Maevesdropping: overheard conversations
To mark the release of ‘Maeve’s Times’, a book of Maeve Binchy’s journalism in The Irish Times, several of our writers spent the past few days doing what Maeve used to do: earwigging on other people’s conversations and writing about it
The man’s high-end racing bike has been left, wheels spinning, on the chock-a-bloc quays, and his face has turned an alarming shade of purple. Were he to have a stroke now it would hardly come as a surprise to the crowd of delighted onlookers who have missed the pedestrian lights on O’Connell Bridge for a second time so they can watch the spectacle.
The gridlocked taxi driver he’s shouting at mimes what looks suspiciously like a mock apology. It doesn’t appease the cyclist. Not remotely.
“You just f**king swerved right in f**king front of me... Did you not bother to even look? What is wrong with you? Well buddy I’m going to get the guards on to you. I have your f**king number. Do you know that? I have your number.”
He points at the taxi plate triumphantly and pauses before putting the word “pr**k” where the full stop normally goes.
The taxi driver rolls down his window. Slowly.
“You have my number? That’s great. Give me a call sometime, we’ll go on a date.”
He smiles, rolls his window back up, rounds the bike and drives off down the quays leaving the angriest man in the city to gawp like a goldfish before solemnly picking up his bike and continuing on his journey.
Health Centre, waiting room . . .
Woman 1: “None of me close friends did. Cos like, when you’re young as well you think: Oh God. Scarlet, kind of. Do you know what I mean?”
Woman 2: “No, I’ll stick to the bottles. My sister was the first one to do it and stopped because of the soreness of the chest. It was just too much hassle. Definitely not.”
Woman 1: “Did your mother do it?”
Woman 2: “In them days it wasn’t out, I don’t think.”
Woman 1: “I wouldn’t do it now to be honest with you. There’s certain places for certain things, do you know what I mean like? Like, I’ve seen people do it in Penneys and stuff like. I think that’s a bit out of order like.”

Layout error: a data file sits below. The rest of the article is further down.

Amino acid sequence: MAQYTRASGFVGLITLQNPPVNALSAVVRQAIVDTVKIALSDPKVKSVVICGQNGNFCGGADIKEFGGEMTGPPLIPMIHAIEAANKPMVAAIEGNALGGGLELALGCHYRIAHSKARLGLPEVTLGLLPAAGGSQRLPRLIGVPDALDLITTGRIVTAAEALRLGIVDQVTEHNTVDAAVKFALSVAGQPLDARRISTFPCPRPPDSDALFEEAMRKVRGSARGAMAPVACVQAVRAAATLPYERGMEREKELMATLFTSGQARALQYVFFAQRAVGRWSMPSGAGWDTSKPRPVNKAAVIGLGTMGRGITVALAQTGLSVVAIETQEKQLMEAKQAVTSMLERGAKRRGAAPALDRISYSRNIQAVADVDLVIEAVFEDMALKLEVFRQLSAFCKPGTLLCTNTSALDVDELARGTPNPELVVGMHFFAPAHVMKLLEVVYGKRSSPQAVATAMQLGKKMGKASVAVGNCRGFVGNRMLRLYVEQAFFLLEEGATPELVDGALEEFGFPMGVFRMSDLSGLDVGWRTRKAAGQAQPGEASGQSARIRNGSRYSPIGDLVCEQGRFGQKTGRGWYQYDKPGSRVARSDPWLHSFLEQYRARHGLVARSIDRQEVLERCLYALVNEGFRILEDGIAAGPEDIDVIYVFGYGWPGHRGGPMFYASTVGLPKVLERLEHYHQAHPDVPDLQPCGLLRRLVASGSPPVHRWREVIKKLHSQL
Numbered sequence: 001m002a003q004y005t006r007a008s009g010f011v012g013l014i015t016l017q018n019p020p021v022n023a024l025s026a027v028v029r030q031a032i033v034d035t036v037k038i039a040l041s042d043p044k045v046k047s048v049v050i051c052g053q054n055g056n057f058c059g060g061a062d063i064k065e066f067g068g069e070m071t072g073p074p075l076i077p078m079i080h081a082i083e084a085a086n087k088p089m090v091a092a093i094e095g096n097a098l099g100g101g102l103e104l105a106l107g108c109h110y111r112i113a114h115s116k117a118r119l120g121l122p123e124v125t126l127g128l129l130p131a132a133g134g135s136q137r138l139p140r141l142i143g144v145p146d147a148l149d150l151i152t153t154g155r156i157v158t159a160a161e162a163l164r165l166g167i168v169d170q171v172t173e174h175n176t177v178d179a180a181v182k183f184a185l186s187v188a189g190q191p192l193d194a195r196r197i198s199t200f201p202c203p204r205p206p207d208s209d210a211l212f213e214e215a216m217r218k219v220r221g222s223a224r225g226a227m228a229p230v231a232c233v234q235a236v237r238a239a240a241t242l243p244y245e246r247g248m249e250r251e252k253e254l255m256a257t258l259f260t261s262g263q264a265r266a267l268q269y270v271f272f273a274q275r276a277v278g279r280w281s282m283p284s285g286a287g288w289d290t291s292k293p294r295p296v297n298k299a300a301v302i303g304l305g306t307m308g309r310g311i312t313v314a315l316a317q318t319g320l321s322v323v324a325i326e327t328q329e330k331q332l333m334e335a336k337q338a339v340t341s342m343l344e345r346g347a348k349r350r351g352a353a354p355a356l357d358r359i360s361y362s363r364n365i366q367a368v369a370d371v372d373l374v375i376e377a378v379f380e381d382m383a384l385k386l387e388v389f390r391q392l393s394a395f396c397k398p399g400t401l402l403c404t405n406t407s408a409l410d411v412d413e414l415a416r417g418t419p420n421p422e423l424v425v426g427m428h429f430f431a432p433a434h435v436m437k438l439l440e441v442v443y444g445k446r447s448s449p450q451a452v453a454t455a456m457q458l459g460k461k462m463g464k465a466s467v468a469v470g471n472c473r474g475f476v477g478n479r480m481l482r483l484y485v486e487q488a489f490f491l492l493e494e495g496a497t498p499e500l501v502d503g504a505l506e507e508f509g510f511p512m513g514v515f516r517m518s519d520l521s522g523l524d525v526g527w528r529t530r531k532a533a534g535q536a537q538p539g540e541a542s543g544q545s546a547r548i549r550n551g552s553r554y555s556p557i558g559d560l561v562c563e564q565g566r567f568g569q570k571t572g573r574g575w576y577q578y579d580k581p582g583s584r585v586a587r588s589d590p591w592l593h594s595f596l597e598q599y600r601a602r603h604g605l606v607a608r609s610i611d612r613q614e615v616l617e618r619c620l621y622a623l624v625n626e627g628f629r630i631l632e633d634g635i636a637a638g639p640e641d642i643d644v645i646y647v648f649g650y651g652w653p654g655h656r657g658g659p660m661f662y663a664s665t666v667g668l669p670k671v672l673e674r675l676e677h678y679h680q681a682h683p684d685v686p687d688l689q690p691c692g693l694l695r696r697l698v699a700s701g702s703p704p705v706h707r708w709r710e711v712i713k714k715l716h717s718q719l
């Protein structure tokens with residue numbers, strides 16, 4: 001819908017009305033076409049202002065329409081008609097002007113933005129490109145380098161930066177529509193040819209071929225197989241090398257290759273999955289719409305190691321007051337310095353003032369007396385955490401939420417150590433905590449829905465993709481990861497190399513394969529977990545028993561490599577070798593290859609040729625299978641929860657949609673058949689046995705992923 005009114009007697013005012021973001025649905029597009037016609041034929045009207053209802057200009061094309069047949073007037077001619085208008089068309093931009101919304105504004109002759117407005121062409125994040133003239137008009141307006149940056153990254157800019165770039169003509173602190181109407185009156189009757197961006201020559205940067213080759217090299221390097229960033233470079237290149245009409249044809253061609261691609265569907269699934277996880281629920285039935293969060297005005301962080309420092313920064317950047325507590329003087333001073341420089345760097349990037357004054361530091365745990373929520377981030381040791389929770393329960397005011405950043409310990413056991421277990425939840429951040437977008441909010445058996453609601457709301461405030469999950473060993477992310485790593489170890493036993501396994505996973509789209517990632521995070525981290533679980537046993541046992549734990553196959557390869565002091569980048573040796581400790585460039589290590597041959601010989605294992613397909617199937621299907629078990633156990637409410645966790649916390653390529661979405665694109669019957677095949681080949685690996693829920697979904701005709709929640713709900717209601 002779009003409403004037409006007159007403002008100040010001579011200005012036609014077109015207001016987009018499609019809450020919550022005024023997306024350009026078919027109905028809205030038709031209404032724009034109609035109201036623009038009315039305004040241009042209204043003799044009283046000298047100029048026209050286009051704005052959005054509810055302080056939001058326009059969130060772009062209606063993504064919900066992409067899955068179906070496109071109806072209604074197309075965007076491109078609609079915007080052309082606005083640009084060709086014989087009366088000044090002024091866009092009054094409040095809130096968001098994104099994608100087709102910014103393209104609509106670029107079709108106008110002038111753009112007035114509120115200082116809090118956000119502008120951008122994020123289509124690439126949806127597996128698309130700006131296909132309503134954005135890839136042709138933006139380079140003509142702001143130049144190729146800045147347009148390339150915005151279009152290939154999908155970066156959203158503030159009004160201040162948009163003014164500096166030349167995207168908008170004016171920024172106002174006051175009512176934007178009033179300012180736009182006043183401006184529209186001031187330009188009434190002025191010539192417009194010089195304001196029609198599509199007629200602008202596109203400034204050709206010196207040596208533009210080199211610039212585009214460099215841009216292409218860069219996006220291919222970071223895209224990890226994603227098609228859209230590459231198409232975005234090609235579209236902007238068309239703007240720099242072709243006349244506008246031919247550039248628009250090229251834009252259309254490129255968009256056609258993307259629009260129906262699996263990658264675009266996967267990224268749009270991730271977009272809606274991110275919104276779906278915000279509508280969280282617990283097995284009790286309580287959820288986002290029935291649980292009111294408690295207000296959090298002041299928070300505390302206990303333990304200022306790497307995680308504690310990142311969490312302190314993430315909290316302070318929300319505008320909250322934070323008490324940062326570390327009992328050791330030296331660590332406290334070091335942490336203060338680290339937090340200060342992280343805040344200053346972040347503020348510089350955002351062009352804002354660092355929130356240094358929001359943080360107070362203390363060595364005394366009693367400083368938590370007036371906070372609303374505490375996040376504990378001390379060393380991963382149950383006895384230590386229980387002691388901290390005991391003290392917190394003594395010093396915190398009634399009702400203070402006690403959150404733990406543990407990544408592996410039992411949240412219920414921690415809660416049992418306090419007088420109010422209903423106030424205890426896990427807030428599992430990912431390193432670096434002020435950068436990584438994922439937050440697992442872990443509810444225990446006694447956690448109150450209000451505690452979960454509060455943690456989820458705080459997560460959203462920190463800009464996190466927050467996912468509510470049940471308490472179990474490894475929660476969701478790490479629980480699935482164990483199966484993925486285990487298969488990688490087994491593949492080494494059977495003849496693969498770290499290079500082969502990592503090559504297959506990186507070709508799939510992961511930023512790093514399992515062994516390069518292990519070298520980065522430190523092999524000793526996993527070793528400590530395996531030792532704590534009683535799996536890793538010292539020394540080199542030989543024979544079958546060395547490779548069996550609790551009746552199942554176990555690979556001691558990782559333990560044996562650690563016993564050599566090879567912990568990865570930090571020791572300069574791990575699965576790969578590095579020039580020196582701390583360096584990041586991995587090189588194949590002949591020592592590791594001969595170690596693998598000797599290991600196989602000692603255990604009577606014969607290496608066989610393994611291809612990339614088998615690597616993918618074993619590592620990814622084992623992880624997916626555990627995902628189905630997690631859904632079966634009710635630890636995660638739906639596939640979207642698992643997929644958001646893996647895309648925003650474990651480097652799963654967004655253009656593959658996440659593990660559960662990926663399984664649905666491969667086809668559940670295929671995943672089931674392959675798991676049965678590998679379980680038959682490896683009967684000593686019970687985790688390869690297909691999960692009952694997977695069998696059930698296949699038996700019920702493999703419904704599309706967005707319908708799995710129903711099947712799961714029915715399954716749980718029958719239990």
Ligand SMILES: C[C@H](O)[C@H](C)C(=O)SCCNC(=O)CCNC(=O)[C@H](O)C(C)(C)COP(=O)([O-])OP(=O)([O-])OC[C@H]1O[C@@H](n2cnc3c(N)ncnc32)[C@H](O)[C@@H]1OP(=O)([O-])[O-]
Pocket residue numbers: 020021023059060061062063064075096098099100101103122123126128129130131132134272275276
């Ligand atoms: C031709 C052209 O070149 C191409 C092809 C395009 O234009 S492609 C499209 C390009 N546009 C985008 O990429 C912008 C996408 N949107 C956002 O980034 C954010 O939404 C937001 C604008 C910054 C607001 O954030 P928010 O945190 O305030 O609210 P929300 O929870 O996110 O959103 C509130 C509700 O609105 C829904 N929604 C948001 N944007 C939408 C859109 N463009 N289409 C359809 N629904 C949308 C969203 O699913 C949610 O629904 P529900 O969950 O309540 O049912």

Woman 2: “Having to breastfeed the baby in public like. Things like that I just wouldn’t be into it, so I’d rather just like, have the bottle and go. People wear the ponchos and stick the baby underneath it, which you see coloured people doin’, which, I’d still feel embarassed. Just stick to the bottles and go.”
Southside cafe, Dublin . . .
Woman 1: “Friday afternoon, I was late meeting someone in town. I said sorry, I couldn’t get past all the Clare fans. Temple Bar is mobbed.”
Woman 2: “Oh hang on this happened to me too.”
Woman 1: “And he goes ‘Clare fans?’ And I said yeah, ‘Clare fans, they’re everywhere. They’ve taken over the Oliver St John Gogarty.’”
Woman 2: “The same thing happened me on Harcourt Street. I thought fair play to them, they’re really making a weekend out of it, starting the party early even though the match isn’t till Sunday.”
Woman 1: “And he goes ‘You’re joking right?’ Then he looks at me and says ‘No you’re serious.’ And I said ‘Blue and yellow is Clare isn’t it?’”
Woman 2: “I was looking at about 20 of them passing my office and thinking, God they’re awful good-looking ...”
Woman 1: “... and tall ...”
Woman 2: “... yeah, for fellas from Clare. Just what I was thinking.”
Woman 1: “And I think, what’s with all the long blond hair.”
Woman 2: “Blow-dried! Clare men don’t look after themselves to that extent. In my experience.”
Woman 1: “And the guy I was meeting goes ‘You feckin’ eejit. They’re the Swedes.’”
Woman 2: “I had that experience exactly. Mortifying.”
Macy’s Department Store, Manhattan . . .
“That girl has 99 problems and one of them is ugly,”said one pneumatic woman behind the counter to the other and of course I wanted to hear more but, for once, there was no queue at the till. That’s highly unusual at Macy’s because, even when a department has tumbleweed rolling through it, the minute you go to pay, a crowd gathers just ahead of you and chances are the person directly in front is returning everything they bought last week and buying it back at the sale prices, with additional coupons. It’s the American way.
No-one is going to hurry anyone in search of a discount but this time I was first in line and in no hurry to leave, it being 38 degrees outside.